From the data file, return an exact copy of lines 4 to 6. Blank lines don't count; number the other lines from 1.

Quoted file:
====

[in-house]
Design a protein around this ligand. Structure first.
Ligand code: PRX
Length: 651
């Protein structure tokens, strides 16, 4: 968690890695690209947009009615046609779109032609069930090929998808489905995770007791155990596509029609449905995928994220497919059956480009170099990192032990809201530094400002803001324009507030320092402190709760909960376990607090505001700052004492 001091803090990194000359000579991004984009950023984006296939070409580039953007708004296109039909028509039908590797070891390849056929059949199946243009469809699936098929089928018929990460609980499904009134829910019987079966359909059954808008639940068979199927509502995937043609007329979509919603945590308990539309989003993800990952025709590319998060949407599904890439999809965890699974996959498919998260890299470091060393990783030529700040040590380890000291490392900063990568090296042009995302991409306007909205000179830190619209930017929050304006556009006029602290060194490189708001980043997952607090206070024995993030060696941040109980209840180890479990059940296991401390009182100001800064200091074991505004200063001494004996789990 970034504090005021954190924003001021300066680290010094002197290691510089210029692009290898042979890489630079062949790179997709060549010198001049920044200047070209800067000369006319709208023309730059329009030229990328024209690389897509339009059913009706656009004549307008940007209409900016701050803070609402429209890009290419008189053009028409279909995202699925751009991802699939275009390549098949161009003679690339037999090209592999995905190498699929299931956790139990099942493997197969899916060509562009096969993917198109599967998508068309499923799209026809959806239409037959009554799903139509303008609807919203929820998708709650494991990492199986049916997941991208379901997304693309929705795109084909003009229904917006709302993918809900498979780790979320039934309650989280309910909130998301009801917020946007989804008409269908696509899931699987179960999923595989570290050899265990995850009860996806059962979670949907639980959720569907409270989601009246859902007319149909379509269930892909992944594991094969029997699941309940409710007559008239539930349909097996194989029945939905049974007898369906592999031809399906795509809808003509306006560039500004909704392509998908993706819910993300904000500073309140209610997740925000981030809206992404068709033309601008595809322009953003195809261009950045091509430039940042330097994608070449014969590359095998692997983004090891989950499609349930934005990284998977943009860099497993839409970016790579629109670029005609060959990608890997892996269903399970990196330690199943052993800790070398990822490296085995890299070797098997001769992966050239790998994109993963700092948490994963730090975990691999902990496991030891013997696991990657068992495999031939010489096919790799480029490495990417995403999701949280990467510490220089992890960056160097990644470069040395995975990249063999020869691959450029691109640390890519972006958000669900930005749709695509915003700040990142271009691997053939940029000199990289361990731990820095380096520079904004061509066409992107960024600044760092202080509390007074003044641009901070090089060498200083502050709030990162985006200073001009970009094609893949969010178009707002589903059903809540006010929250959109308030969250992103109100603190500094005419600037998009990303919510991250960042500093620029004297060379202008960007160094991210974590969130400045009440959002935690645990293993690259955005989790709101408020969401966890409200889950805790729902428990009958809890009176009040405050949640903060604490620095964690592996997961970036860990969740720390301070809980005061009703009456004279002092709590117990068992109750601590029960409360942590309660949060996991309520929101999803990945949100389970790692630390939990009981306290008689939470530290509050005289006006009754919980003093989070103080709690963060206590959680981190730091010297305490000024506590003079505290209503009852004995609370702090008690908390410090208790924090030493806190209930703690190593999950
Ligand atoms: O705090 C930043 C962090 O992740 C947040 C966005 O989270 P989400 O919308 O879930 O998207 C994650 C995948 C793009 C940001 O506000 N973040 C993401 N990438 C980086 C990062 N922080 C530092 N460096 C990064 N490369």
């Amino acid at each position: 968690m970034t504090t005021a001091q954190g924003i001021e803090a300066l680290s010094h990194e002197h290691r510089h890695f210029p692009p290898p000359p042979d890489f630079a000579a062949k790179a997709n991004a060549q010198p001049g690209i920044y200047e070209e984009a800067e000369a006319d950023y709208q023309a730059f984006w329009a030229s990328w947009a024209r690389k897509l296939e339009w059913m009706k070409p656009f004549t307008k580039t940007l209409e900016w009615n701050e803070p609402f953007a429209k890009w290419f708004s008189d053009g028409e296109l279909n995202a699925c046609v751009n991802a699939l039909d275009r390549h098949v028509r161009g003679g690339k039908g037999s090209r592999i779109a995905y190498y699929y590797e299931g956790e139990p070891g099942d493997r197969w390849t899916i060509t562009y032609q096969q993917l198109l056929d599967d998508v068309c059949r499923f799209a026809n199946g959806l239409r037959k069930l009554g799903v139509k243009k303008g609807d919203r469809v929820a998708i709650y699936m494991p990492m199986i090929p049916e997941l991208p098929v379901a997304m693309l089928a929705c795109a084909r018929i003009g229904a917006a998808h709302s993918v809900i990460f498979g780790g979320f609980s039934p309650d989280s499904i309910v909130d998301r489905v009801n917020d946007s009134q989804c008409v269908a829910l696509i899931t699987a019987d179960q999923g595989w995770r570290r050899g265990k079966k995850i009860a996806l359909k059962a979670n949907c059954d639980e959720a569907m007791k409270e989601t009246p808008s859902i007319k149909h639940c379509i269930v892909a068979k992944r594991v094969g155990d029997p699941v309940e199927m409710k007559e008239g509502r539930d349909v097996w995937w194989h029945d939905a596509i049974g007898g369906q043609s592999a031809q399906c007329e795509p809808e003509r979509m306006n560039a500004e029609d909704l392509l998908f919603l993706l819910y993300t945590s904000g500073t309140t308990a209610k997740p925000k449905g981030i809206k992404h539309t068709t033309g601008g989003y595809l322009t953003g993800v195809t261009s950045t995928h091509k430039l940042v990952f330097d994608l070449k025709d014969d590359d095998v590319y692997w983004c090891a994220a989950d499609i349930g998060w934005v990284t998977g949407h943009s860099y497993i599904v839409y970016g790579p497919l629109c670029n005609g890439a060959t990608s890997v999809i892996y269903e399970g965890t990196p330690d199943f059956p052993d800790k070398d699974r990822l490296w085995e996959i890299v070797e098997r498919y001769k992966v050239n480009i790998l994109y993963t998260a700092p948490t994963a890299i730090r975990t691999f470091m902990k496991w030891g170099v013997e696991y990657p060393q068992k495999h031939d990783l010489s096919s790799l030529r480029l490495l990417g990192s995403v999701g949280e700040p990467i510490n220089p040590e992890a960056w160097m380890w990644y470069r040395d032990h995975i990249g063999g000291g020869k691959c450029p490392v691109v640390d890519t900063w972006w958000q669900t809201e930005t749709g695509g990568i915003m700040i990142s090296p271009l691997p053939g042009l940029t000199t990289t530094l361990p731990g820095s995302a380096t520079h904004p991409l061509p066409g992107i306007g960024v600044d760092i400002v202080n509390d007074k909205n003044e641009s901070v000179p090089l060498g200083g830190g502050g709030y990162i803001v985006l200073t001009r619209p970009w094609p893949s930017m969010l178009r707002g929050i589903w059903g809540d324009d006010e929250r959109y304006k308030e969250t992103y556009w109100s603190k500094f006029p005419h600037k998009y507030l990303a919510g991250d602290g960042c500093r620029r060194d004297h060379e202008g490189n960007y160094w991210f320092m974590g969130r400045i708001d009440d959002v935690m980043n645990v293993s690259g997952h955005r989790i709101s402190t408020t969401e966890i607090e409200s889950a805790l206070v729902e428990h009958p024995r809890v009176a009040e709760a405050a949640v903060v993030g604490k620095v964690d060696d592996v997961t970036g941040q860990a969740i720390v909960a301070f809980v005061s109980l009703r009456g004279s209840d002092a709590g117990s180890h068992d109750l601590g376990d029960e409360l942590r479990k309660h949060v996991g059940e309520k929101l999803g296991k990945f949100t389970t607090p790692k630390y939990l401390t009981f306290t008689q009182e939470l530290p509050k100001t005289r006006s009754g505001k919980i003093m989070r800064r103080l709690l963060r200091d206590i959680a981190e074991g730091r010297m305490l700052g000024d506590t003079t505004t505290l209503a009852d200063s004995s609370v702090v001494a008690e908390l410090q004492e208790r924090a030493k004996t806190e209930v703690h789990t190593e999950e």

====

Length: 651
């Protein structure tokens, strides 16, 4: 968690890695690209947009009615046609779109032609069930090929998808489905995770007791155990596509029609449905995928994220497919059956480009170099990192032990809201530094400002803001324009507030320092402190709760909960376990607090505001700052004492 001091803090990194000359000579991004984009950023984006296939070409580039953007708004296109039909028509039908590797070891390849056929059949199946243009469809699936098929089928018929990460609980499904009134829910019987079966359909059954808008639940068979199927509502995937043609007329979509919603945590308990539309989003993800990952025709590319998060949407599904890439999809965890699974996959498919998260890299470091060393990783030529700040040590380890000291490392900063990568090296042009995302991409306007909205000179830190619209930017929050304006556009006029602290060194490189708001980043997952607090206070024995993030060696941040109980209840180890479990059940296991401390009182100001800064200091074991505004200063001494004996789990 970034504090005021954190924003001021300066680290010094002197290691510089210029692009290898042979890489630079062949790179997709060549010198001049920044200047070209800067000369006319709208023309730059329009030229990328024209690389897509339009059913009706656009004549307008940007209409900016701050803070609402429209890009290419008189053009028409279909995202699925751009991802699939275009390549098949161009003679690339037999090209592999995905190498699929299931956790139990099942493997197969899916060509562009096969993917198109599967998508068309499923799209026809959806239409037959009554799903139509303008609807919203929820998708709650494991990492199986049916997941991208379901997304693309929705795109084909003009229904917006709302993918809900498979780790979320039934309650989280309910909130998301009801917020946007989804008409269908696509899931699987179960999923595989570290050899265990995850009860996806059962979670949907639980959720569907409270989601009246859902007319149909379509269930892909992944594991094969029997699941309940409710007559008239539930349909097996194989029945939905049974007898369906592999031809399906795509809808003509306006560039500004909704392509998908993706819910993300904000500073309140209610997740925000981030809206992404068709033309601008595809322009953003195809261009950045091509430039940042330097994608070449014969590359095998692997983004090891989950499609349930934005990284998977943009860099497993839409970016790579629109670029005609060959990608890997892996269903399970990196330690199943052993800790070398990822490296085995890299070797098997001769992966050239790998994109993963700092948490994963730090975990691999902990496991030891013997696991990657068992495999031939010489096919790799480029490495990417995403999701949280990467510490220089992890960056160097990644470069040395995975990249063999020869691959450029691109640390890519972006958000669900930005749709695509915003700040990142271009691997053939940029000199990289361990731990820095380096520079904004061509066409992107960024600044760092202080509390007074003044641009901070090089060498200083502050709030990162985006200073001009970009094609893949969010178009707002589903059903809540006010929250959109308030969250992103109100603190500094005419600037998009990303919510991250960042500093620029004297060379202008960007160094991210974590969130400045009440959002935690645990293993690259955005989790709101408020969401966890409200889950805790729902428990009958809890009176009040405050949640903060604490620095964690592996997961970036860990969740720390301070809980005061009703009456004279002092709590117990068992109750601590029960409360942590309660949060996991309520929101999803990945949100389970790692630390939990009981306290008689939470530290509050005289006006009754919980003093989070103080709690963060206590959680981190730091010297305490000024506590003079505290209503009852004995609370702090008690908390410090208790924090030493806190209930703690190593999950
Ligand atoms: O705090 C930043 C962090 O992740 C947040 C966005 O989270 P989400 O919308 O879930 O998207 C994650 C995948 C793009 C940001 O506000 N973040 C993401 N990438 C980086 C990062 N922080 C530092 N460096 C990064 N490369």